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Packing for Mars

by Mary Roach

About.com Rating 3.5 Star Rating


Packing for Mars by Mary Roach
© W.W. Norton
W.W. Norton, August 2010

Mary Roach has a great job. She chooses a broad topic of inquiry - such as death (Stiff), the afterlife (Spook), or sex (Bonk), researches the hell out of it, and then, armed with a unique sense of humor and the answers to questions that no serious journalist would deign to ask, she turns her subject matter upside down and shakes it really hard, thereby dislodging the oft-overlooked minutiae, the stories underlying the story. Then, she makes it funny.

Packing for Mars, while about space travel, has more to do with bodily functions such as ingestion, digestion and egestion (yes, it means what you think it does) than any astronautic heroics. This is a book about the necessary questions that preceded the heroics - What are the psychological effects of weightlessness? Of body odor on two men (Jim Lovell and Frank Borman on Gemini VII) trapped in close proximity for two weeks? What does it look like to eat, sleep, and yes - go to the bathroom in space?
It's not that Roach is overtly comedic in her presentation, she simply has a keen eye for the absurd. She begins at the Japanese Aerospace Exploration Agency (JAXA), where prospective astronauts are asked to build LEGO robots, perform a "self-merits presentation" (talent show), and construct origami cranes as part of a multi-faceted test of their space-readiness. The situation is rife with absurdities, and Roach's keen eye captures even the most minute:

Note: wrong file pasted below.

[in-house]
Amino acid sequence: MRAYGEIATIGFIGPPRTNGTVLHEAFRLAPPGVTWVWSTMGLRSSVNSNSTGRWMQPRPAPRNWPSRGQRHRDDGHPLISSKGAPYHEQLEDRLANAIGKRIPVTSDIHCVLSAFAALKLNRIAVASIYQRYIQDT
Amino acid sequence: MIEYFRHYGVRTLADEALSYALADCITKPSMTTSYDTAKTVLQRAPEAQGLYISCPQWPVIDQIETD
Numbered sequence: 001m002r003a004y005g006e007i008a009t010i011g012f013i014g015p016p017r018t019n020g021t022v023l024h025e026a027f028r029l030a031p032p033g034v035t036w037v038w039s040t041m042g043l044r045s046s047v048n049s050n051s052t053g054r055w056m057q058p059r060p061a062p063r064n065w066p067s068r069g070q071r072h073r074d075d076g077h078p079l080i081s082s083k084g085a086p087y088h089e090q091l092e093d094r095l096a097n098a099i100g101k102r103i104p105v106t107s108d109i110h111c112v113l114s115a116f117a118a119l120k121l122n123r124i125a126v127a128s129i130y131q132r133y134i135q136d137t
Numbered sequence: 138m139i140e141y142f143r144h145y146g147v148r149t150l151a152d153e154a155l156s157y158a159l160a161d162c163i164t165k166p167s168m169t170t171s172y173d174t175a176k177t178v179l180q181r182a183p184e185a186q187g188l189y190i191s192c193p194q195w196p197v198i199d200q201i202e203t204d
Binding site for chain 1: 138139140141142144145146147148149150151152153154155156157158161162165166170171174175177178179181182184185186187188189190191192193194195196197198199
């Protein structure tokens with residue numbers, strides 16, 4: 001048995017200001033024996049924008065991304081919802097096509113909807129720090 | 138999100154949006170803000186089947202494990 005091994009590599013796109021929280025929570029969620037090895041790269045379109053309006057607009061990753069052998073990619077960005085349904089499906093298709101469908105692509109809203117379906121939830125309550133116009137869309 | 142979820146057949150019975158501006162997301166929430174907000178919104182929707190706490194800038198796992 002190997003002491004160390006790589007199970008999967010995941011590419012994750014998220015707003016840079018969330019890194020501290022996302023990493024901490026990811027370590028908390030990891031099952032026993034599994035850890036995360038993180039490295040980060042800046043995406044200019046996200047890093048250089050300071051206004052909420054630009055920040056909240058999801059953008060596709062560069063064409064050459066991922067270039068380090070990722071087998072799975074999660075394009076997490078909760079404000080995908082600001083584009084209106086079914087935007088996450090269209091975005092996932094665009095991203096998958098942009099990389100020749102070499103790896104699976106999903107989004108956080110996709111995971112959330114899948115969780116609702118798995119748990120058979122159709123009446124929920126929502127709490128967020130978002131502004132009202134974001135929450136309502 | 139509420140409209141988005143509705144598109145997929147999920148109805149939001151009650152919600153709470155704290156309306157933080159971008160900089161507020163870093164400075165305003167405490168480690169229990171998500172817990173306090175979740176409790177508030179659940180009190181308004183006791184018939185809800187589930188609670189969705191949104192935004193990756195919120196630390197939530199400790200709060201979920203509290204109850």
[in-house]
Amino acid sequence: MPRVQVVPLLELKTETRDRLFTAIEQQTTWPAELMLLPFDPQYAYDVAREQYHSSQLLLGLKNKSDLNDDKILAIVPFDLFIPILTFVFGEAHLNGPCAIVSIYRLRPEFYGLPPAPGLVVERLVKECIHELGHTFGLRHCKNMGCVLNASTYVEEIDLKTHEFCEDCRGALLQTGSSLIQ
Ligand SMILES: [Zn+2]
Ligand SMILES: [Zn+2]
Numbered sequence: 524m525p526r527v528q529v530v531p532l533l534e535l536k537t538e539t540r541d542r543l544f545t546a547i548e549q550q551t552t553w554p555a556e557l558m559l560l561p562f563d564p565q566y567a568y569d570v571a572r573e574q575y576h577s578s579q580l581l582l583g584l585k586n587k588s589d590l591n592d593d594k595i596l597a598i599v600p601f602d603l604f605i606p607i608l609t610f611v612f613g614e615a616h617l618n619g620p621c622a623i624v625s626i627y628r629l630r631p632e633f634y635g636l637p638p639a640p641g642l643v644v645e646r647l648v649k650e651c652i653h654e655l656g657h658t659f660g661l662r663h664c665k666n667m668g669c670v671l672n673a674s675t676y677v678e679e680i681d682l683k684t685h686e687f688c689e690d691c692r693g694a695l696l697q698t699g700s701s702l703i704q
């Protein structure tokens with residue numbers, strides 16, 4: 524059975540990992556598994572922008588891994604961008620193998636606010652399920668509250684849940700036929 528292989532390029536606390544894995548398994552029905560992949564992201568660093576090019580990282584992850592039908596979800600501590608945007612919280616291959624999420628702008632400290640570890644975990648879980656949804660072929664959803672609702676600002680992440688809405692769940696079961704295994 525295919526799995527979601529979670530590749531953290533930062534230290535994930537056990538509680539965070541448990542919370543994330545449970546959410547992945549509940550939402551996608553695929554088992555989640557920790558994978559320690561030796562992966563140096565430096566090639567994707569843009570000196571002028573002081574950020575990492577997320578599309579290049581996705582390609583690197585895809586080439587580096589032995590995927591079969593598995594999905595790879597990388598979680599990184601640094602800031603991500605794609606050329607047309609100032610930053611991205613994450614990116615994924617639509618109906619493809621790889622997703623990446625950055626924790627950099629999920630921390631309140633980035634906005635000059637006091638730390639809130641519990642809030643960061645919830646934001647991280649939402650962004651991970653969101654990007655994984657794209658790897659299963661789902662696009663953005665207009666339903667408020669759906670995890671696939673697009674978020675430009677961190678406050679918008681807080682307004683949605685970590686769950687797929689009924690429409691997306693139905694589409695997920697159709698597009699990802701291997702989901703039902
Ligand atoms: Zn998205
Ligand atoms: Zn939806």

"My interpreter Sayuri is folding a piece of notebook paper. She is at step twenty-one, where the crane's body is inflated. The directions show a tiny puff beside an arrow pointing at the bird. It makes sense if you already know what to do. Otherwise, it's wonderfully surreal. Put a cloud inside a bird."

Of course a keen sense of humor would be useless without the ability to translate her findings in writing, which Roach has in spades. She describes the Mir space station (a model of which she visited with cosmonauts Alexandr Laveikin and Yuri Romanenko) as "a rangy monstrosity, a giant Erector Set assembled by a madman," and about gravity she says it's "why there are suns and planets in the first place. It is practically God."
What's more, as we learned in Bonk, Mary Roach welcomes the opportunity to throw herself whole-heartedly into her research. By the end of Packing for Mars, she's eating space food, drinking her own (charcoal-filtered urine), and, in a particularly hilarious encounter, she test-drives a Space Shuttle training toilet equipped an internal "potty-cam" to help astronauts practice their positioning. You want a good seal in zero-gravity.

Each chapter of Packing for Mars is rife with new concepts - natural world deprivation, visual reorientation illusion, space euphoria - all of which become fascinating when filtered through Mary Roach's eyes. Of course, some affinity for the topic of space travel is required to pick up Packing for Mars, but if you're equipped with that, then I'd recommend this journey. It's other-worldly.
Disclosure: A review copy was provided by the publisher. For more information, please see our Ethics Policy.

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